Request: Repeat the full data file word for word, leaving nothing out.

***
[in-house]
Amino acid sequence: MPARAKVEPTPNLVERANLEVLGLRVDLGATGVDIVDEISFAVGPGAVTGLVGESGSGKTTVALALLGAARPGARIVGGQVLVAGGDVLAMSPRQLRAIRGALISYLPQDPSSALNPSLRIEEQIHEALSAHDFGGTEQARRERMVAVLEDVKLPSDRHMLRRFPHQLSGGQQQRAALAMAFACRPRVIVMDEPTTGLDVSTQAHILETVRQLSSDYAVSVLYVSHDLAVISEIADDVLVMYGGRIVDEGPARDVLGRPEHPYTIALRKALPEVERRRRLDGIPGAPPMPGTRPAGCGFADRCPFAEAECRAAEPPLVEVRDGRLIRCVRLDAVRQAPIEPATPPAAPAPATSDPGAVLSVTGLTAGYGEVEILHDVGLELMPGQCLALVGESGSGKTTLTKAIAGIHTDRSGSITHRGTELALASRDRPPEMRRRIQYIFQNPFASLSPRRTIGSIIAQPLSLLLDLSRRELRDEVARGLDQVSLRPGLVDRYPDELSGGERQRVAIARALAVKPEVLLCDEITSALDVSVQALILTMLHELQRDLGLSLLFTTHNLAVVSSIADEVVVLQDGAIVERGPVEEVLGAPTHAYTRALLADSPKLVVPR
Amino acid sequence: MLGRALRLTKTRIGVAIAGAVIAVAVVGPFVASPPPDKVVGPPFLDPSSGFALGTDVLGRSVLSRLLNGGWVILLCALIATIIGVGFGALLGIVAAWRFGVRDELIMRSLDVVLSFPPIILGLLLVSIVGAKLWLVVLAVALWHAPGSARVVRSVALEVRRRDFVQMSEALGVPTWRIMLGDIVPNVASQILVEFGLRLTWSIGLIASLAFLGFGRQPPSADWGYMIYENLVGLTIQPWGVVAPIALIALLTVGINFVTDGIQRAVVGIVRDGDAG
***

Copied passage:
[in-house]
Amino acid sequence: MPARAKVEPTPNLVERANLEVLGLRVDLGATGVDIVDEISFAVGPGAVTGLVGESGSGKTTVALALLGAARPGARIVGGQVLVAGGDVLAMSPRQLRAIRGALISYLPQDPSSALNPSLRIEEQIHEALSAHDFGGTEQARRERMVAVLEDVKLPSDRHMLRRFPHQLSGGQQQRAALAMAFACRPRVIVMDEPTTGLDVSTQAHILETVRQLSSDYAVSVLYVSHDLAVISEIADDVLVMYGGRIVDEGPARDVLGRPEHPYTIALRKALPEVERRRRLDGIPGAPPMPGTRPAGCGFADRCPFAEAECRAAEPPLVEVRDGRLIRCVRLDAVRQAPIEPATPPAAPAPATSDPGAVLSVTGLTAGYGEVEILHDVGLELMPGQCLALVGESGSGKTTLTKAIAGIHTDRSGSITHRGTELALASRDRPPEMRRRIQYIFQNPFASLSPRRTIGSIIAQPLSLLLDLSRRELRDEVARGLDQVSLRPGLVDRYPDELSGGERQRVAIARALAVKPEVLLCDEITSALDVSVQALILTMLHELQRDLGLSLLFTTHNLAVVSSIADEVVVLQDGAIVERGPVEEVLGAPTHAYTRALLADSPKLVVPR
Amino acid sequence: MLGRALRLTKTRIGVAIAGAVIAVAVVGPFVASPPPDKVVGPPFLDPSSGFALGTDVLGRSVLSRLLNGGWVILLCALIATIIGVGFGALLGIVAAWRFGVRDELIMRSLDVVLSFPPIILGLLLVSIVGAKLWLVVLAVALWHAPGSARVVRSVALEVRRRDFVQMSEALGVPTWRIMLGDIVPNVASQILVEFGLRLTWSIGLIASLAFLGFGRQPPSADWGYMIYENLVGLTIQPWGVVAPIALIALLTVGINFVTDGIQRAVVGIVRDGDAG